My own theory, which I regard as established fact, is that in the windy north of Asia, large noses act as sails, causing a tendency to face downwind and thus become vulnerable to predators evolved to hunt from upwind.

While we are in China, we may as well look at another favored toy of pop-evolution, the epicanthic fold that makes many Asians “slant-eyed,” I have seen it said, solemnly and with  no apparent expectation of disagreement, both that it evolved to protect the eyes from frigid winds and that it conserves energy. Is there research to show that it does either of these things? Show me. Is it a single-nucleotide polymorphism? Show me the evidence. Did it require one mutation, or thirteen?

What beneficial effects did each of these have, sufficient to provide advantage in survival? Do we really believe, assuming that the fold appeared all at once, that it produced sufficient benefit to result in more offspring? If not, then evolutionarily it doesn’t exist, and amounts to hobbyist speculation.

The curious reader may find it interesting to ask not how but whether things evolved. For example, skunks have dedicated glands to produce and eject their noisome defensive material. How did this evolve by small beneficial steps? Did simple flatulence in some primordial skunk with hereditary intestinal problems save its life by revolting a predator of delicate sensibilities…..? Is this not silly? On and on.

But (politely) ask your scientist friend how the sting evolved. Be wary of a flow of mush (“In billions and billions of years, it stands to reason that….”) and changes of subject. See what you get.

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Comments 15

  • While I agree on the whole, I would point out that not all mutations HAVE to be beneficial, they just have to be not TOO detrimental. Otherwise, humans would be able to synthesize Vitamin C.

  • This book first published in 1994…..


    ….provides some useful insights on this matter – alongside other issues such as the “laws” of thermodynamics which the reductionist approach to science gets mangled up because it ignores context.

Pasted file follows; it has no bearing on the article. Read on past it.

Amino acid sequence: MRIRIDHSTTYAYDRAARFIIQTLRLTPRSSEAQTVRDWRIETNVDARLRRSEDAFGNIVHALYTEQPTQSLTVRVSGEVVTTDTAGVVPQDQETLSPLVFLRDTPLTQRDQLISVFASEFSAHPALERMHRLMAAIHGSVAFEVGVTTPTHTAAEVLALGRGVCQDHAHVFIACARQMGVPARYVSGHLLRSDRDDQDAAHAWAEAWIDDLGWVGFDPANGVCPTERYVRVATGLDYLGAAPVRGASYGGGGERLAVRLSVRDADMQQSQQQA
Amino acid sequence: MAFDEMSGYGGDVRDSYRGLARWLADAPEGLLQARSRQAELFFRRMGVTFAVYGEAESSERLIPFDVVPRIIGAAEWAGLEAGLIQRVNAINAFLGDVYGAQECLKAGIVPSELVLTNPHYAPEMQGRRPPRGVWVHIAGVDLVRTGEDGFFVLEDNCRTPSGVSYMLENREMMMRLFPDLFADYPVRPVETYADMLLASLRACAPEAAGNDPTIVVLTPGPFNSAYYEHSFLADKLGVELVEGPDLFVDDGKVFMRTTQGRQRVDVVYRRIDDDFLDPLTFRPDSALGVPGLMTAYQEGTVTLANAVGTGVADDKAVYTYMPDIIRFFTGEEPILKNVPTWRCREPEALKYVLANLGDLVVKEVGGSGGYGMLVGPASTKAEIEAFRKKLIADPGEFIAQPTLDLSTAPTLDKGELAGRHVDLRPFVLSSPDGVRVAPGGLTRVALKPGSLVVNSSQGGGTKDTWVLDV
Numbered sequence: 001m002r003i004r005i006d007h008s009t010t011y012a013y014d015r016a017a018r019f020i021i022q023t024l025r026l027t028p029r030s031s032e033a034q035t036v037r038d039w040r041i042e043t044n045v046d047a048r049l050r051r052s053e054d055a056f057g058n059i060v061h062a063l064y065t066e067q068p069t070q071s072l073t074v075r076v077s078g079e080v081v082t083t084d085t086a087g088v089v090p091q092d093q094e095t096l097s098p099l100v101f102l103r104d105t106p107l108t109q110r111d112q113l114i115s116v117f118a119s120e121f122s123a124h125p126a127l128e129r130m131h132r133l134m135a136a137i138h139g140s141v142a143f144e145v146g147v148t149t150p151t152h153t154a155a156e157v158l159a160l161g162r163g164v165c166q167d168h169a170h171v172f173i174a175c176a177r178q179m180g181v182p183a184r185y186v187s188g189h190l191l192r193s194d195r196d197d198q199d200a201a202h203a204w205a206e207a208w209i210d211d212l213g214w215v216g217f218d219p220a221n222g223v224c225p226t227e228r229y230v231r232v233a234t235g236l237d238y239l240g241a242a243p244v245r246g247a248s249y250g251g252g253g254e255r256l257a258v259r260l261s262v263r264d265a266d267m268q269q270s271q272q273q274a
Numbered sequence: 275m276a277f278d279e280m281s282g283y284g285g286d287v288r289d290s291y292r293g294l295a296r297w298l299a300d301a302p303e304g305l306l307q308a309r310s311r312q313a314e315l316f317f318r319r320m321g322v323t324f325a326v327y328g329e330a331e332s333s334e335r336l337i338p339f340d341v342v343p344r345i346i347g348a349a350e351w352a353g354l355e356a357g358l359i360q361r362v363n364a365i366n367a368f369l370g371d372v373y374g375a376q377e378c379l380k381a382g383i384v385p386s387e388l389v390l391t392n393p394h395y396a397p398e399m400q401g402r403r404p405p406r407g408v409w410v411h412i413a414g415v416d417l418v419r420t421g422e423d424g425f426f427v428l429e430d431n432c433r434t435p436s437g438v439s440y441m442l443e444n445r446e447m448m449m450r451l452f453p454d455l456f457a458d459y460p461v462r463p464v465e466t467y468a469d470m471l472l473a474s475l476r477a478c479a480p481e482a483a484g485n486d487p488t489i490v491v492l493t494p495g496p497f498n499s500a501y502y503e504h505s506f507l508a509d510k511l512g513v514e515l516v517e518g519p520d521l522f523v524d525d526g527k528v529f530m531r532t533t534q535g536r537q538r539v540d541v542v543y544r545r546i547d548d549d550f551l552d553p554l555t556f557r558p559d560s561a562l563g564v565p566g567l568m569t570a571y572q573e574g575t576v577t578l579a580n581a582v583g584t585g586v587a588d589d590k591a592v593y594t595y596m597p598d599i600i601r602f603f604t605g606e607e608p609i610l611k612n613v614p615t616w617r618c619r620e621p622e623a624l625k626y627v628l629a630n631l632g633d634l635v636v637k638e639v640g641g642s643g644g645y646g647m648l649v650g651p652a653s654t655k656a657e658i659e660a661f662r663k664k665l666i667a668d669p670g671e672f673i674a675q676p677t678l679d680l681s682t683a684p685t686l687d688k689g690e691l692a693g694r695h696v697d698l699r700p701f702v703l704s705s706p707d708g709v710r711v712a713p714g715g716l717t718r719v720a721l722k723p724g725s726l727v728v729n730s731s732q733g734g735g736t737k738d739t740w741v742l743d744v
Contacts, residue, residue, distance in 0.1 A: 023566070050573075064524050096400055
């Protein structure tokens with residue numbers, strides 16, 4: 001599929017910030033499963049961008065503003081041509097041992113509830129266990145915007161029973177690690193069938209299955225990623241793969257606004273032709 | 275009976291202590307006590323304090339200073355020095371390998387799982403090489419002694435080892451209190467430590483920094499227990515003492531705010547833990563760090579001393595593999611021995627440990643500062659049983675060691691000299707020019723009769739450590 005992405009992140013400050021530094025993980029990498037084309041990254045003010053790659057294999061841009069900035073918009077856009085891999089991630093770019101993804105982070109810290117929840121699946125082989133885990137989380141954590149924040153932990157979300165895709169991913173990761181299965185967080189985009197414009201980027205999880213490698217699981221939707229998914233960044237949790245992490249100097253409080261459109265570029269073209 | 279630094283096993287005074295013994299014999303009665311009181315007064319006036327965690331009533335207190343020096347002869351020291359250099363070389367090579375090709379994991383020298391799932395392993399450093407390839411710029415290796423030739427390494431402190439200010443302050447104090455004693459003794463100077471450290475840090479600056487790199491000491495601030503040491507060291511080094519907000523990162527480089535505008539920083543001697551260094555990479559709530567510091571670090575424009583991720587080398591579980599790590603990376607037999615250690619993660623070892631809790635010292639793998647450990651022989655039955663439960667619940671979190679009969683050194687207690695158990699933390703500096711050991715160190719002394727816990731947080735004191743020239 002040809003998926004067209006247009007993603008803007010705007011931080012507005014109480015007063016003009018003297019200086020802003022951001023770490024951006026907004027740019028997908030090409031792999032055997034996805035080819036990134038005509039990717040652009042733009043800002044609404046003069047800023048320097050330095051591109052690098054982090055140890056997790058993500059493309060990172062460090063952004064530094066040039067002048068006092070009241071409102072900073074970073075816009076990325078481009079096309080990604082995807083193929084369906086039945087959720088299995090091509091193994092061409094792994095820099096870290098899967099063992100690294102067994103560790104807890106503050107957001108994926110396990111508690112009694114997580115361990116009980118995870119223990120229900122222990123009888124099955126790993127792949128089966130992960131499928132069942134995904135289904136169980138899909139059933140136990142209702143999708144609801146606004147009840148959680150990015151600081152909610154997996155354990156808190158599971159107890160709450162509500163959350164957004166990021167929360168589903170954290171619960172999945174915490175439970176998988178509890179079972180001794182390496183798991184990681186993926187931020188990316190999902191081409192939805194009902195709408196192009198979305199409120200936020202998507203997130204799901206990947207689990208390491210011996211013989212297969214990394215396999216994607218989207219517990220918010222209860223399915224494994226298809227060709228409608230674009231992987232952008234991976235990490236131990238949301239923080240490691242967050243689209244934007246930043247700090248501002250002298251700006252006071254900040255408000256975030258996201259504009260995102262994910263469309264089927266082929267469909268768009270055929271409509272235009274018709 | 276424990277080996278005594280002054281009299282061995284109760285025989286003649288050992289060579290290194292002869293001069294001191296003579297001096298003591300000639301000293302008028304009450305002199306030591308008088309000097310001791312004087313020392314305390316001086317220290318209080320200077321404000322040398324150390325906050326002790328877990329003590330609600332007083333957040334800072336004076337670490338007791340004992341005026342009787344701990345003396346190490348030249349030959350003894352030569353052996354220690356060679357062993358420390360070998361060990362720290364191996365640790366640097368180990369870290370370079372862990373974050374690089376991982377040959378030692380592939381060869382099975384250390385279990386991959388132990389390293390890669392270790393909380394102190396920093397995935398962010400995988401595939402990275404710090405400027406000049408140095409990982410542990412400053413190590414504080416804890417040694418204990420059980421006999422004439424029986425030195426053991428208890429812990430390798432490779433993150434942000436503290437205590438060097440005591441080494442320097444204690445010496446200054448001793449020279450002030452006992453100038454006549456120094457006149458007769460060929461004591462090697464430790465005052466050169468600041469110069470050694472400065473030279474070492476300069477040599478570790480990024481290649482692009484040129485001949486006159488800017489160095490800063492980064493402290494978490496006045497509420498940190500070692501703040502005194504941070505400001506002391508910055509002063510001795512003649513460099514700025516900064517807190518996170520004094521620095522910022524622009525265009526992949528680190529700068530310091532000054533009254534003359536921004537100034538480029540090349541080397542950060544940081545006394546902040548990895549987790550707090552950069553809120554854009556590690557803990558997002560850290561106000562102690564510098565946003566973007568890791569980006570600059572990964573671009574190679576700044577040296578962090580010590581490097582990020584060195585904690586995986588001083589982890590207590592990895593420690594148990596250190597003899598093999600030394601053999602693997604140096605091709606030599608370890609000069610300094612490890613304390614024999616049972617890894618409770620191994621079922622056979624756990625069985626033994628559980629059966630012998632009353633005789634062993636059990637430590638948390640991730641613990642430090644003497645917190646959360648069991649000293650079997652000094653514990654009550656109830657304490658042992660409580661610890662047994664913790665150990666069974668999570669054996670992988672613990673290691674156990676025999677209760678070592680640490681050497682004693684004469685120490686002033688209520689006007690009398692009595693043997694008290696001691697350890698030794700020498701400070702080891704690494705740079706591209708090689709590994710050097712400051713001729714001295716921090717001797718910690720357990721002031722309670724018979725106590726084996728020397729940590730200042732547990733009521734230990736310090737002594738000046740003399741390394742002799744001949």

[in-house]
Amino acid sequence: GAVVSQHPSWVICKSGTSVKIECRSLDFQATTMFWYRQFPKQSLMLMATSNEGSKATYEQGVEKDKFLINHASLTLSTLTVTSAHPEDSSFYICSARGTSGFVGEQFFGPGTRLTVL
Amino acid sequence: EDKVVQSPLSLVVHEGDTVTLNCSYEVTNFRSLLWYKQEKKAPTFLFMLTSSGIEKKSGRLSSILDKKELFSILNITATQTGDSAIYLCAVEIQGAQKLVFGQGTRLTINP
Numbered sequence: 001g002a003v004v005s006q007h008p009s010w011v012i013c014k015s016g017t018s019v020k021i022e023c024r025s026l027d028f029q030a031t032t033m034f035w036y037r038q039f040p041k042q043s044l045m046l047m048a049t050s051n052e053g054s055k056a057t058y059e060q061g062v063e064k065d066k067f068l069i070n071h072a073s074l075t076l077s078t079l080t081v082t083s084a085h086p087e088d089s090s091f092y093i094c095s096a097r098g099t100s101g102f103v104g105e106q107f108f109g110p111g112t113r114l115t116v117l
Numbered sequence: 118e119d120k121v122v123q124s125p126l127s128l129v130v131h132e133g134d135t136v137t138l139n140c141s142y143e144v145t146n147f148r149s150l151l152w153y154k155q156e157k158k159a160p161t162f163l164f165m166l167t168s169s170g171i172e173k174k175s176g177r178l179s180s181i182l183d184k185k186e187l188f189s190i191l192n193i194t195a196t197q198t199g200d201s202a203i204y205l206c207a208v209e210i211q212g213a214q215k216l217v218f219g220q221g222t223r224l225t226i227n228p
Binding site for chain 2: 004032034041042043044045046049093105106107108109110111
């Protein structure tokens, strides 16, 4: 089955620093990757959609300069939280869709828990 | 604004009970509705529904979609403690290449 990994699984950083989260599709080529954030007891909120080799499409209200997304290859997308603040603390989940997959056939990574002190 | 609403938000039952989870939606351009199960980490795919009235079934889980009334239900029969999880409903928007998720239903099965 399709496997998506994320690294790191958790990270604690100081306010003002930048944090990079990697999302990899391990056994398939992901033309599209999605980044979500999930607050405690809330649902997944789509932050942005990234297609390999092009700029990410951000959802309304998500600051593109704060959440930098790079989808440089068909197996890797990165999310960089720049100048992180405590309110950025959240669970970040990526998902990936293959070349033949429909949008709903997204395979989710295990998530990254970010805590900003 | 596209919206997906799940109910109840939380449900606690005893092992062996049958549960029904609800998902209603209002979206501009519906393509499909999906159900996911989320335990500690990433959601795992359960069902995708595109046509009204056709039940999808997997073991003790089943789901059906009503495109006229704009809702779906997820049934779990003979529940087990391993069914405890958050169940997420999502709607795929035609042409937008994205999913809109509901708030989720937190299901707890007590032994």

As the wikipedia review implies the first half of the book can be heavy going because it assumes no scientific knowledge and therefore attempts a Janet and John approach to set the context before neatly switching to challenge some of the sacred cows of scientific reductionism with far more convincing examples and explanations.

    I tend to re-read it every three to fours or so just to keep me sane.

  • I always thought it was our higher order brains that enable and encourage us to ask why and how? Now I just want to ask why and how to piss off self important people who can’t answer. I don’t think that is higher order, but it is fun. Thanks for the ammo.

  • Bees and Hornet stingers are evolved ovipositors (the tube insects use to lay eggs). That explains why they are hollow, and why they have muscles to push the toxin through the stringer (muscles are need to push the egg through the tube). Note also, that only female bees and hornets can sting — only they have ovipositors. Now, you might wonder, where did the hornet’s venom come from? Interestingly, it is acetylcholine that causes the severe pain of a hornet sting. This is the same neurotransmitter that stimulates those muscles in the ovipositor. So, this complex mechanism actually has a very simple evolutionary path.

    • From whence came the DNA coding for all the various proteins that make up the ovipositor? What was the specific mutation that rearranged all the various components to change it from a reproductive organ to a defensive weapon?

    • I find it unsurprising, and amusing that someone with the username “ruralguy” can easily supply a coherent, logical explanation to a question. Whereas the dedicated academic will usually provide bluster, deflection, and insults. Quite amusing.

  • ‘Razib described me as “arrogant,””: Mr Pot meet Mr Kettle.

    I think you are probably wrong, Mr Reed, but I take a dim view at the doctrinaire way your doubts were dismissed.

    As a complete amateur, let me have a go. Consider: “biological features that depend for functioning on several parts, all of which must simultaneously be present for the feature to work and none of which would be of any use without the presence of the others. These cannot have evolved by incremental, beneficial steps.” The trouble with that is that it seems to me to include assumptions that may simply be wrong. In turn: